Hundreds of thousands of links will stop working in 2 days

GitHub is deprecating git.io suddenly

27 April 2022

Update: GitHub just announced that they have changed their plans because of the feedback from the community. Congratulations everyone!

In 2011, GitHub introduced git.io as a way to shorten long URLs. It was a simple service that allowed you to create a short URL for any GitHub URL. Because the results were so short, it quickly became a popular way to share GitHub links in places where you couldn't always copy and paste the URL, like in research papers.

Over the years, the service has become more popular. Currently, there are hundreds of thousands of short URLs created by git.io, according to Sourcegraph.

So, what's the problem?

On January 11, 2022, GitHub announced that it will no longer be accepting new URLs. According to them, "what began as an experiment was only lightly documented and thus not heavily used.". They announced their plans to deprecate the tool in the future, but they did not provide any details on how long they would keep the service running. Their plans only mentioned that git.io, from that day forward, would be readonly.

Then, all of a sudden, GitHub announced that it would be deprecating git.io in four days. That was two days ago. That means that, right now, git.io only has two days left. After that, all links on git.io will stop redirecting. That means that thousands of scientific papers will lose their references, as well as 704k+ code file mentions. Google also loses 10k+ search results.

What's going to happen now?

Stephen Gutekanst was the first one to write about the problem. He's currently setting up a Discord group to coordinate the efforts to save the links. He's also trying to get in touch with folks at GitHub. According to one of them, there's no need to scrape all the links, but he wasn't able to communicate anything more than that.

Unless GitHub takes action, hundreds of thousands of links will stop working in 2 days. If you've used git.io, you'll probably want to replace all of your links with new links.

Update: GitHub just announced that they have changed their plans because of the feedback from the community. Congratulations everyone!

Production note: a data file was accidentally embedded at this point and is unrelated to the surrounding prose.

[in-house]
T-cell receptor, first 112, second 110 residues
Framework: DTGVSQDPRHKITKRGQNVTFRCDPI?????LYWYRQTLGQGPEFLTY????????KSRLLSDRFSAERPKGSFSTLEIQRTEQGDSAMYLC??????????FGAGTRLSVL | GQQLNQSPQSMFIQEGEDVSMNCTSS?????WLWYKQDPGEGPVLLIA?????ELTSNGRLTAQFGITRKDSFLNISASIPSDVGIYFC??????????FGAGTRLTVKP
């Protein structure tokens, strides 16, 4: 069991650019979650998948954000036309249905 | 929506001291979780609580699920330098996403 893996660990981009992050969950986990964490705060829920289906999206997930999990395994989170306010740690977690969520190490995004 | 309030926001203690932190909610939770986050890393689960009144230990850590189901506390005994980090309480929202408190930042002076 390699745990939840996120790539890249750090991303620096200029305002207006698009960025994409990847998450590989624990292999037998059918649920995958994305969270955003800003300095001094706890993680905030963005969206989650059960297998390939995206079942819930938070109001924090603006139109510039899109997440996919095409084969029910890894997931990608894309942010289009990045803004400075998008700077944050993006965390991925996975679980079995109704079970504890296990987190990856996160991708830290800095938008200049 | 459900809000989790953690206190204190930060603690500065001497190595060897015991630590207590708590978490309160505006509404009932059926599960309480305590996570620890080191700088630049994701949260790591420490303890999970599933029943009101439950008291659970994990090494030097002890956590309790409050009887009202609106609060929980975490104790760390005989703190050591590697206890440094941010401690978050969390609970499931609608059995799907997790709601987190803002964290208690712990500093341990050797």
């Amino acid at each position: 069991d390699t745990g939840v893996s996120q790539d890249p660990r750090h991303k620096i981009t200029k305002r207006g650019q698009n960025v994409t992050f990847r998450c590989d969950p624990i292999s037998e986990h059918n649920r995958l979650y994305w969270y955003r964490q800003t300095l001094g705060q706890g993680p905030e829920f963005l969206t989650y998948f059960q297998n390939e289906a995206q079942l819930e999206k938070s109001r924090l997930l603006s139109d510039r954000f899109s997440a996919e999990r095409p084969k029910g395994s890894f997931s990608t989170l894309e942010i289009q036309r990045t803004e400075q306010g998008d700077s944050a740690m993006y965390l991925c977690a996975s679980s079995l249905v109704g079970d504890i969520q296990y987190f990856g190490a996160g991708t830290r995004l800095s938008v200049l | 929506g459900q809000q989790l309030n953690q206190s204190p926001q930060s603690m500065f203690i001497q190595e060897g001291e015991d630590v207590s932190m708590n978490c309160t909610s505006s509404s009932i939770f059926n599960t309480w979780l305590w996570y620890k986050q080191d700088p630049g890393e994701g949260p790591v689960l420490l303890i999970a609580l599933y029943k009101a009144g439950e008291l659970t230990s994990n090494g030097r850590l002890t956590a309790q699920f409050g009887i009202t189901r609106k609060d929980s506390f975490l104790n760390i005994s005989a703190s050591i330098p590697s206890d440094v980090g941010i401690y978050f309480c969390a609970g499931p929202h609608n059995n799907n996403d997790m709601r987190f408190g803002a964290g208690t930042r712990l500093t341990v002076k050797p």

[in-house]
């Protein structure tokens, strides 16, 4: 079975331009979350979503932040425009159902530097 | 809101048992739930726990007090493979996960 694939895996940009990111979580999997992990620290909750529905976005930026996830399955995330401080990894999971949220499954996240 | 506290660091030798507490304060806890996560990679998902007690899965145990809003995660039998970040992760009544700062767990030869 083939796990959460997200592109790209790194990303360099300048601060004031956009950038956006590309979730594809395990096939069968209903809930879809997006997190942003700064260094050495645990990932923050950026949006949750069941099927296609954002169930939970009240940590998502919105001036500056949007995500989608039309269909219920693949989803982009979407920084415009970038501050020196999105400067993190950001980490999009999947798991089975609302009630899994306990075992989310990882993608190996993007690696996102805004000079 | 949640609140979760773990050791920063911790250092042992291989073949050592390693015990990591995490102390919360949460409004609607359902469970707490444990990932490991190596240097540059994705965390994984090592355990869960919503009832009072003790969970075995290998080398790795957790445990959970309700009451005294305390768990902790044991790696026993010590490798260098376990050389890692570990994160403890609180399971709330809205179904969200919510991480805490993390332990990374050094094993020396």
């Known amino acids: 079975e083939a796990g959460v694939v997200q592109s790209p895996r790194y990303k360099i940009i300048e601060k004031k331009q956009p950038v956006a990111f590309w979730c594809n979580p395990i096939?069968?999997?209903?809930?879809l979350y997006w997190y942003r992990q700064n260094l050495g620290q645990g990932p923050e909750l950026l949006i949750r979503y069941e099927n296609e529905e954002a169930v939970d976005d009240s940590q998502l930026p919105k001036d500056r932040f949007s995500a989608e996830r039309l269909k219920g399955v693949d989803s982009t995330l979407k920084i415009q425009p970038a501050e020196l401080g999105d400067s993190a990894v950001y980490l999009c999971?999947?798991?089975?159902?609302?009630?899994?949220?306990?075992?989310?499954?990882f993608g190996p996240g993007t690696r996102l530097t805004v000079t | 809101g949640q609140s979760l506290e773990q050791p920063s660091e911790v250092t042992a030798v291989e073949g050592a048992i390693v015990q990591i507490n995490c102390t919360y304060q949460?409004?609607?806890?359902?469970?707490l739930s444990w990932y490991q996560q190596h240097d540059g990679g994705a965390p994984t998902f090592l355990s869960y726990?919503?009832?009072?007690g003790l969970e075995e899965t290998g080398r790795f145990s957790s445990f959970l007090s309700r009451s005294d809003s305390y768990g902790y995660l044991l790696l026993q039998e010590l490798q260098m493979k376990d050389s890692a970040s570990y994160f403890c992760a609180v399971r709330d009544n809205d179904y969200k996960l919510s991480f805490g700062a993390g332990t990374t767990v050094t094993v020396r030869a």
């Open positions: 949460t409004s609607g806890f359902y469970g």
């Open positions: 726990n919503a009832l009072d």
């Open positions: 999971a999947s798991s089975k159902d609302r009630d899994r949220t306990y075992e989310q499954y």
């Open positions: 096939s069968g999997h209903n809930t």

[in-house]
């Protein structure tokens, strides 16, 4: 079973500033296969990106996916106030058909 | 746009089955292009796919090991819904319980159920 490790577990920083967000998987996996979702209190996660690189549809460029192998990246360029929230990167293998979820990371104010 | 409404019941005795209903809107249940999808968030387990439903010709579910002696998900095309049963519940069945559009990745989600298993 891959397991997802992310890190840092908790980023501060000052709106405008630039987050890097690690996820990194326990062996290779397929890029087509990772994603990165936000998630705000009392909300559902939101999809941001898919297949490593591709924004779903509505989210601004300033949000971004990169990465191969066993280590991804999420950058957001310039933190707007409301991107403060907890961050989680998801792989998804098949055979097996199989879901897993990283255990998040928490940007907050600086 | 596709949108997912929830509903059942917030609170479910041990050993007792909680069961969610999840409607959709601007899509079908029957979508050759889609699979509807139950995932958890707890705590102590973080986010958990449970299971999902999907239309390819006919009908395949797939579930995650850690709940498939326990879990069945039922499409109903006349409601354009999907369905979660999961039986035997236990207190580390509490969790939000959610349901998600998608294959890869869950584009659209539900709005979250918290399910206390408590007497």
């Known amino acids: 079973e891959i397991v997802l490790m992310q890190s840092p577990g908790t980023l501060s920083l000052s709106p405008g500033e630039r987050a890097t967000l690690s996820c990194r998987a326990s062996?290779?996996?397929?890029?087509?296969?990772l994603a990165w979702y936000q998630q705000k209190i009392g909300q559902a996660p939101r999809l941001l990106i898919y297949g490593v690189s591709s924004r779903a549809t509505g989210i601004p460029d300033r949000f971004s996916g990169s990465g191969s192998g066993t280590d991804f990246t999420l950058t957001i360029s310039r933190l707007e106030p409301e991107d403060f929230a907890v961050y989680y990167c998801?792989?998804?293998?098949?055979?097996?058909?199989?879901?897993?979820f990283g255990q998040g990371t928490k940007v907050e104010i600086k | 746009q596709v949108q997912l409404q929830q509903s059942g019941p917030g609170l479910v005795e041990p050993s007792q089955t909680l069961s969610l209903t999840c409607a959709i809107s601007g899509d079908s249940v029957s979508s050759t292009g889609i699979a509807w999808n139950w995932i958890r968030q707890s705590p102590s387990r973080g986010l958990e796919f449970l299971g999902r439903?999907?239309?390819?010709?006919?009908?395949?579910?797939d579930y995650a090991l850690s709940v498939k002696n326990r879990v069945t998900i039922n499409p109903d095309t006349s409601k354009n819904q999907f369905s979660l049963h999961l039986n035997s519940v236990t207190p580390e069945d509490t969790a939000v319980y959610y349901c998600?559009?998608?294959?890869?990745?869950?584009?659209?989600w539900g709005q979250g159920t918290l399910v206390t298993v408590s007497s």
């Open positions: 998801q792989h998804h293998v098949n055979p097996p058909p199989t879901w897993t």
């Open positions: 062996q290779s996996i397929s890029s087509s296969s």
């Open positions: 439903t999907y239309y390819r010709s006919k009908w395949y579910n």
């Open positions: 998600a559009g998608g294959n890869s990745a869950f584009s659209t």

In 2011, GitHub introduced git.io as a way to shorten long URLs. It was a simple service that allowed you to create a short URL for any GitHub URL. Because the results were so short, it quickly became a popular way to share GitHub links in places where you couldn't always copy and paste the URL, like in research papers.

Over the years, the service has become more popular. Currently, there are hundreds of thousands of short URLs created by git.io, according to Sourcegraph.

So, what's the problem?

On January 11, 2022, GitHub announced that it will no longer be accepting new URLs. According to them, "what began as an experiment was only lightly documented and thus not heavily used.". They announced their plans to deprecate the tool in the future, but they did not provide any details on how long they would keep the service running. Their plans only mentioned that git.io, from that day forward, would be readonly.

Then, all of a sudden, GitHub announced that it would be deprecating git.io in four days. That was two days ago. That means that, right now, git.io only has two days left. After that, all links on git.io will stop redirecting. That means that thousands of scientific papers will lose their references, as well as 704k+ code file mentions. Google also loses 10k+ search results.

What's going to happen now?

Stephen Gutekanst was the first one to write about the problem. He's currently setting up a Discord group to coordinate the efforts to save the links. He's also trying to get in touch with folks at GitHub. According to one of them, there's no need to scrape all the links, but he wasn't able to communicate anything more than that.

Unless GitHub takes action, hundreds of thousands of links will stop working in 2 days. If you've used git.io, you'll probably want to replace all of your links with new links.